Global uncertainties remain but the outlook is improving

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Kay McCarthy, head of Jersey office at The International Stock Exchange, discusses market trends, the impact on listing volumes and the exchange’s recent launch of a new private markets offering

MANY of the central themes impacting markets and the global economy at the beginning of 2023 have not changed. The principal market catalysts that have been in focus, namely inflation and rising interest rates, continue to remain front and centre as we reach mid-year. What is interesting is that the expectations around timings have changed.

The banking crisis which erupted in March following the downfall of Silicon Valley Bank and Credit Suisse prompted a swift response from central banks in order to stabilise the sector and stop what was feared to be a full-scale contagion. Although markets may be calmer now, the turmoil from the crisis is still being felt, with worries that historically stable bond markets could experience further volatility. However, it is clear that, as a result of the financial sector turmoil, the end of the monetary tightening cycle has moved much closer.

Against the volatile background and despite the cost of borrowing continuing to rise, global bond issuance has rebounded slightly in 2023, according to S&P Global Insights. The recovery in issuance has been driven by corporates, particularly investment grade and high yield, both in the UK and Europe, and, together with new issuance, there has also been a rise in refinancing deals coming to the market.

Mergers and acquisitions roundup

While global M&A activity has been growing annually over the past several decades, 2023 had a slow start as dealmakers continued to navigate difficult macro-economic conditions, accelerating ESG pressures and increased regulation. There has been a softening of M&A activity globally, as well as increased caution from buyers who are already in the market, making it more challenging to close deals.

An S&P Global Intelligence report found global private equity deal value and volume fell year on year in March as fears of a global banking crisis roiled markets and scared off participants.

In the first quarter of 2023, global M&A activity plummeted to its lowest level in more than a decade. According to Bloom-berg, of the US$559 billion spent across 12,200 transactions, just US$182 billion came from 4,200 acquisitions involving private equity firms – a 59% drop from the US$439 billion invested in the first quarter of 2022.

To manage these headwinds, private equity managers set their sights on smaller target companies, favouring deals that were less reliant on leverage or which required smaller equity contributions. With trillions in capital ready to deploy, private equity firms are estimated to be sitting on vast amounts of unspent cash raised prior to the downturn last year, which could fuel an upsurge in takeovers this year. A report from Bain & Co found that the industry was sitting on some US$3.7 trillion of liquidity at the end of 2022.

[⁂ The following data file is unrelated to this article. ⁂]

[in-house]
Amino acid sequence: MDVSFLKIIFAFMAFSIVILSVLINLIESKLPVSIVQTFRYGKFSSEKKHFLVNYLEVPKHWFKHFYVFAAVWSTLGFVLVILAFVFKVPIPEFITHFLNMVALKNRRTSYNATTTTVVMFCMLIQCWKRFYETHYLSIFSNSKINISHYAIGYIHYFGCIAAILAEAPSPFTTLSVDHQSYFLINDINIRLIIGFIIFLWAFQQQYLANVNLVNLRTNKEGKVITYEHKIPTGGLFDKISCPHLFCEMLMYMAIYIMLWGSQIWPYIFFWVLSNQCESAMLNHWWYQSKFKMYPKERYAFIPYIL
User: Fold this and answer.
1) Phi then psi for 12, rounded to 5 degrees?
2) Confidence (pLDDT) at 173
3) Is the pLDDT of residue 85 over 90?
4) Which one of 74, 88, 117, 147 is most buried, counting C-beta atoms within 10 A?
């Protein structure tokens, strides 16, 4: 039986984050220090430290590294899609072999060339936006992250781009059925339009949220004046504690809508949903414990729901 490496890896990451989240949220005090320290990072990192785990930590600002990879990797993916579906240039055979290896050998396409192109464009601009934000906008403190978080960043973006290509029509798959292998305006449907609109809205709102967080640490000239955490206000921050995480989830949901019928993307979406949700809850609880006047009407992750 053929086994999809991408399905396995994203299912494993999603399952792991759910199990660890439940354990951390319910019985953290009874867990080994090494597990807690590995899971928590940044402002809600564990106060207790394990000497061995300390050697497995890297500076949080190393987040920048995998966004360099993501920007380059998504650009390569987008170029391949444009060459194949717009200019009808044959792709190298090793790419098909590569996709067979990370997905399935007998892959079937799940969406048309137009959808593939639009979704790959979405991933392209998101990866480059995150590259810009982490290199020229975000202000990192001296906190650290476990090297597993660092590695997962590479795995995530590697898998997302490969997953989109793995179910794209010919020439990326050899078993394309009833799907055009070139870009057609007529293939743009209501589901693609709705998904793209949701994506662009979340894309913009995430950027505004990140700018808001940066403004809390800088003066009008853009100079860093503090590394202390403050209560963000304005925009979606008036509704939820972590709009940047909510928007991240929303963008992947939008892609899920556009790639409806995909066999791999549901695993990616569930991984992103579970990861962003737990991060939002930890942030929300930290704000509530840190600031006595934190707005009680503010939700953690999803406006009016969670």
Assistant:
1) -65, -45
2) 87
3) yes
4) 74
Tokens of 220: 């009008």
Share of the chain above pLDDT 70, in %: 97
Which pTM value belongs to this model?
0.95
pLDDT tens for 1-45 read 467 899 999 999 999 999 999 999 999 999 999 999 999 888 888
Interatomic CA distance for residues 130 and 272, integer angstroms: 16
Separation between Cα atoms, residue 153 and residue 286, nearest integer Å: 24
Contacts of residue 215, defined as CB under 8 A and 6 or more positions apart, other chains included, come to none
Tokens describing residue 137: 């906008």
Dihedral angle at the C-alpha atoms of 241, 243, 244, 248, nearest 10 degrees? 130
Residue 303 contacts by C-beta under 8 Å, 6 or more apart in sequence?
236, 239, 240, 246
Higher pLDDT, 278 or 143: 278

While the volume of deals has declined, it has remained well above pre-pandemic levels. Some of these challenges are expected to lift as we get further into 2023, particularly when debt markets find a new normal.

Outlook for the second half of 2023

Although inflation has declined as central banks have raised interest rates and food and energy prices have come down, underlying price pressures remain. The last few months have shown that, although the direction of travel is relatively clear and fears of a recession having taken a back seat, central banks have probably not quite finished raising rates but are closer to the end of the cycle and we are likely to see lower inflation, slower growth and the end of monetary tightening by the end of 2023.

While listing activity on TISE has been buoyant during the first half of the year, the headwinds which are impacting the capital markets and M&A have resulted in weaker volumes, but we anticipate that this will pick up in line with the wider improvement in market conditions towards the close of 2023.

Private markets update

Over the course of this year, TISE has expanded its product and service suite with the launch in late April of a new private markets offering. While TISE operates a well-established and highly respected public market for bonds and equities, this new offering is an innovative service for private companies.

TISE Private Markets provides unlisted companies with access to an integrated set of tailored electronic trading, settlement and registry solutions, enabling them to have full control of their dedicated marketplace.

The launch of this offering represents a significant milestone in the execution of our strategy to diversify and scale up the business and is major landmark in both the history and future of the exchange.

In conjunction with TISE’s well established public market, this new offering also complements the wider financial services ecosystem of the Channel Islands and enhances the suite of services we can offer alongside our local partners and stakeholders to the global market.

About Kay

  • Kay is a chartered fellow of the Chartered Institute for Securities and Investment, a chartered wealth manager, a member of the Institute of Directors and a Member of the Jersey Compliance Officers Association.

  • She is a financial services and investment professional with more than 25 years’ experience in stockbroking, investment management and client relationship management.

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